The US economy turned in an astonishing performance for the third quarter, growing at an annualised rate of 4.9% between July and September. Financial markets aren’t sure whether to be happy or alarmed at the pace of growth, which was much faster than the 4.2% expected by economists.
The fear is that this rapid rate of expansion, the quickest in nearly two years, will have an inflationary sting in its tail. This could push the Federal Reserve to raise rates again. As Fed chair Jerome Powell said at the time: “Additional evidence of persistently above-trend growth, or that tightness in the labour market is no longer easing, could put further progress on inflation at risk and could warrant further tightening of monetary policy”.
Therefore, the question of whether this was a one-off, or heralds a stronger rebound in the US economy is an important one. The Bureau of Economic Analysis attributed the strength in the US economy to a number of factors: an acceleration in consumer spending, private inventory investment, and federal government spending, plus an upturn in exports and residential fixed investment. In particular, the surge in consumption was noteworthy, with a 4% rise.
There are reasons to believe that consumer spending cannot be sustained at its current pace. The pause in student debt repayments came to an end in October, a condition of the debt ceiling negotiations. This has far-reaching implications – around 12% of the US population has student loans. These 43 million Americans hold a collective $1.7trn in debt. Resuming repayments will weigh on household finances.
Equally, US consumers are further through their pandemic savings than many other countries. Fran Radano, manager of the Abrdn North American Income trust, says: “Consumers have had a lot of free money and that is still driving the economy. However, most of that is already spent, particularly among the lower quintiles of wealth.” Radano believes that if the jobs market starts to falter, consumers now have nothing to protect them from the impact.
Higher oil price
Rising energy costs may be another factor weighing on growth. The oil price has jumped from $69 a barrel in mid-June to a peak of $92 in September, and is now hovering around $83 a barrel. There are fears that this will spike higher as tensions rise in the Middle East. While the relationship between consumption and oil prices is imperfect, it could dent spending.
A combination of these two factors has helped cushion households from the worst impact of rate rises, but this cannot last indefinitely. Powell admitted in a recent speech that “given the fast pace of the tightening, there may still be meaningful tightening in the pipeline” – ie there may be no need to raise rates further. Equally, the recent rise in bond yields has seen the US 10-year treasury tip over 5%. This may also give central banks pause for thought.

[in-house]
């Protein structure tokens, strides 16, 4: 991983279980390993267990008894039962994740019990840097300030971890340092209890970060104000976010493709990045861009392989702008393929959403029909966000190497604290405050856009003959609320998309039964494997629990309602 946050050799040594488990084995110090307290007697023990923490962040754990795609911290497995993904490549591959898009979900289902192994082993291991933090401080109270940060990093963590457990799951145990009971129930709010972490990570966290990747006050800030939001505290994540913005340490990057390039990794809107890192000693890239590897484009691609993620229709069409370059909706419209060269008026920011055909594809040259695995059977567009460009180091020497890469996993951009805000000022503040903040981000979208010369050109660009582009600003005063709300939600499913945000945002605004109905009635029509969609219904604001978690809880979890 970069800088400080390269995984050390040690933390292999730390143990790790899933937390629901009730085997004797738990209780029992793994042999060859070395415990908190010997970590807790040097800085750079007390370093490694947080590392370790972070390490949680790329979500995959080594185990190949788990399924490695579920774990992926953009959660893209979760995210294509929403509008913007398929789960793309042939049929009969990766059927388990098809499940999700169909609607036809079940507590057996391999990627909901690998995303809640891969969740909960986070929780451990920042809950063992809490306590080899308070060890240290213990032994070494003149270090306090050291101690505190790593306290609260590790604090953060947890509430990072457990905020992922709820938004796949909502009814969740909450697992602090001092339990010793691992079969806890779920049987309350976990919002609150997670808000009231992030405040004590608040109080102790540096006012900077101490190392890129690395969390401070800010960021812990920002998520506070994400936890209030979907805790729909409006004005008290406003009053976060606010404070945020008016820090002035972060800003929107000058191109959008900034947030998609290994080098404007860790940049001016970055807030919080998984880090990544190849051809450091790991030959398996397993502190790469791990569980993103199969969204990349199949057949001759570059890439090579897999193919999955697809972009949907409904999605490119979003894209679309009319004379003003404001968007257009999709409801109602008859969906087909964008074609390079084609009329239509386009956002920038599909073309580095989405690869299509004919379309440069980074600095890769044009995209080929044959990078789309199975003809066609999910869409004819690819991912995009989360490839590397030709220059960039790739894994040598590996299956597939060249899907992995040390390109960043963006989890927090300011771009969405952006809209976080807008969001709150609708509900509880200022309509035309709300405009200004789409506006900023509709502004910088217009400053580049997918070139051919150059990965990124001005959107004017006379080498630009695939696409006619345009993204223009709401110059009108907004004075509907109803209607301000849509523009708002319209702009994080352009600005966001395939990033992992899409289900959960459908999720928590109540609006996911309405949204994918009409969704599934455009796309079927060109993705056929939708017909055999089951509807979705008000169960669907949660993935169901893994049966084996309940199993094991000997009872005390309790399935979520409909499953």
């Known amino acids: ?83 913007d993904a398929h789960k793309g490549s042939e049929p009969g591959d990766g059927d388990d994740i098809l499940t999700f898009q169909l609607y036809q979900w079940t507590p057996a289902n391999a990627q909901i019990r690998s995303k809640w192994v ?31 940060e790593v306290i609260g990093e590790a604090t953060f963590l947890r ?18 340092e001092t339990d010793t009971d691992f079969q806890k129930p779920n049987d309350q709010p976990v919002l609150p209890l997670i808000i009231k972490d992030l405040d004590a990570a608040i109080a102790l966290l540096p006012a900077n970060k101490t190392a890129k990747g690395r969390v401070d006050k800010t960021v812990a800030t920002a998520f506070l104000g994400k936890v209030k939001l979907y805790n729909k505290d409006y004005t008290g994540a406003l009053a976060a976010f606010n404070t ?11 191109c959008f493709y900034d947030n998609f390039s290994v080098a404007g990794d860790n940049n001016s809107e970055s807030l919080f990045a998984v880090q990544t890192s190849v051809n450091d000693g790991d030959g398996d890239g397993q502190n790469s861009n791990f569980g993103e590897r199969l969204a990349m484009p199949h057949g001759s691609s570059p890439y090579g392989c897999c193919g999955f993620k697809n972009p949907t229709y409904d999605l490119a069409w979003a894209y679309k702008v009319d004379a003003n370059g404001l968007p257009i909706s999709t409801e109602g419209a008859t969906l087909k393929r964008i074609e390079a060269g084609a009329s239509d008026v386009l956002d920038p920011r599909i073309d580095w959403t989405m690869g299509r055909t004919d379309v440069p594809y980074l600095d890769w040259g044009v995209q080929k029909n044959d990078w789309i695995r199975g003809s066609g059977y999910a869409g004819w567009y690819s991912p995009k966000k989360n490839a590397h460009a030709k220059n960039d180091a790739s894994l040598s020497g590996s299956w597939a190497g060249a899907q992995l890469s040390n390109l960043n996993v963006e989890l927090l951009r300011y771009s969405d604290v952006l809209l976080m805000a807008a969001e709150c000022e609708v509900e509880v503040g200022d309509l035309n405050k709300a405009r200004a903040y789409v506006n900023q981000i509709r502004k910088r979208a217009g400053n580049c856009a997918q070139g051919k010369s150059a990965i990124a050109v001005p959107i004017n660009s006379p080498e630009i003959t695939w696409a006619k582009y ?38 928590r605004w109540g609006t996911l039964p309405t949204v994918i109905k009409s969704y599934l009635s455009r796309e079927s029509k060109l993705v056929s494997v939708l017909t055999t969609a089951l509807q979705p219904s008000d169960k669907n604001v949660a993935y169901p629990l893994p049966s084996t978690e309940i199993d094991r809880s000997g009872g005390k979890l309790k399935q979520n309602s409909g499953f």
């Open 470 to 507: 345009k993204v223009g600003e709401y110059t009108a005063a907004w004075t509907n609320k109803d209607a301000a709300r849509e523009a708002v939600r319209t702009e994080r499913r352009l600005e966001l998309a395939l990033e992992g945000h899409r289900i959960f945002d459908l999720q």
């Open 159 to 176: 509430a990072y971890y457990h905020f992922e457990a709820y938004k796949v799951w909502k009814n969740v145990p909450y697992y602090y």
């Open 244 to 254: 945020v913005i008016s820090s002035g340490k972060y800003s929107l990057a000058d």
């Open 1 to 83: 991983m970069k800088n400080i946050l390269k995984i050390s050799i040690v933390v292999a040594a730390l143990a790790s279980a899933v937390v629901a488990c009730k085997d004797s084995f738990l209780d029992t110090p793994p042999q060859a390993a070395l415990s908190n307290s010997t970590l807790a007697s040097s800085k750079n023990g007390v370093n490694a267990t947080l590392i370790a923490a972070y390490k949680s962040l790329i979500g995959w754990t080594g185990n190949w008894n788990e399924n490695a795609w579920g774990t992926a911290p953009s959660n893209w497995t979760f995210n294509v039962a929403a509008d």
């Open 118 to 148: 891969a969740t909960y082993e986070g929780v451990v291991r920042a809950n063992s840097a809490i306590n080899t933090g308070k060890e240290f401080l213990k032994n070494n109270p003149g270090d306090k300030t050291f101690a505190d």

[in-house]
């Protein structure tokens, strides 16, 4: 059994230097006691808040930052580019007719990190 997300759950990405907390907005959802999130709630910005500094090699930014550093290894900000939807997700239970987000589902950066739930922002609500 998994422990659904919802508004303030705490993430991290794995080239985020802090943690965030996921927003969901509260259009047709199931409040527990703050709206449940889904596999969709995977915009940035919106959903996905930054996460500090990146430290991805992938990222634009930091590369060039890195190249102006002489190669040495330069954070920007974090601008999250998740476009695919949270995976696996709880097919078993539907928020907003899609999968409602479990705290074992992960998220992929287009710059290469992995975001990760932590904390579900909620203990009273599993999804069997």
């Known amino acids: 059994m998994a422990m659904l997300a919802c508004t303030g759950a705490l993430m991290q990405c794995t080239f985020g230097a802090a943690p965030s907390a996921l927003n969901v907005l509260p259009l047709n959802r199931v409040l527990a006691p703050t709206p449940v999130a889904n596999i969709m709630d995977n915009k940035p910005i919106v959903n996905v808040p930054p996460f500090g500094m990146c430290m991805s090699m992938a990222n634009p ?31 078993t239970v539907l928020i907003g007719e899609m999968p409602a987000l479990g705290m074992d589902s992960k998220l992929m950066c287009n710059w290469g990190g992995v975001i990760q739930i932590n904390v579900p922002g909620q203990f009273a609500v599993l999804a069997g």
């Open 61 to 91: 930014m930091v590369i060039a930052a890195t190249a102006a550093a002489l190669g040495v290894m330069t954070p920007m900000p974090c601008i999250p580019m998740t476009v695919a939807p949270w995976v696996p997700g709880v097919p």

This is likely to slow the economy even without other factors. BlackRock’s Investment Institute goes even further, suggesting the US has been experiencing a ‘stealth stagnation’ over the past 18 months. It points to the disparity between two key measures: GDP and gross domestic income: “Gross domestic income, which adds up incomes and profits of households and firms – has been the weakest stretch ever seen outside a recession. We think this has gone under the radar because consumer spending, job growth and GDP have held up. We see stagnation persisting as the Federal Reserve keeps policy rates high in its battle with inflation.”
It points to research from the Bureau of Economic Analysis that suggests the average of GDP and GDI is the most reliable guide to what’s really going on in the US economy. BlackRock also points out that companies have not yet replaced all the jobs lost during the pandemic. It adds: “Recent job numbers are far from a sign of economic strength.” It also looks at US corporate profits, which – away from the distracting influence of big tech – are starting to plateau.
There is a question over what this means for US stockmarkets. There are worries over over-valuation, but this is mostly confined to the ‘Magnificent Seven’. While they form a significant part of the overall earnings for the US stockmarket, their fortunes have relatively little to do with the US economy. The recent round of earnings from big tech has been generally encouraging, but share prices have been weaker, suggesting expectations had over-reached.
Steven Bell, chief economist, EMEA at Columbia Threadneedle, is more optimistic: “The service sector has been strong, but it’s slowing. Manufacturing, which has been struggling through an inventory correction is beginning to pick up. That’s important for equities, which are much more sensitive to manufacturing than services.” Nevertheless, the 5% bond yield will create competition for capital and could exert a drag on stockmarkets.
Most commentators believe that there are still pockets of value in US markets, even if GDP growth weakens from here. Fraser Thomson, client services director on the Baillie Gifford American fund, says they are targeting major shifts in the US economy, such as the shift from television to streaming, or the broadening deployment of technology. They are also invested in the winners of sectors that are starting to consolidate, such as online delivery, where Doordash is starting to pick up market share.
For Radano, the opportunities are to be found in some of the more value and defensive areas of the market. He retains an overweight position in banks, for example, and healthcare, but also some of the consumer names where he sees a change in fortunes ahead.
Markets are right to be confused on the buoyant GDP figures. They probably won’t trigger more rate rises, but they make it more difficult to cut rates. Equally, they are unlikely to have a significant impact either way for US equities. It remains a complex picture for US equities.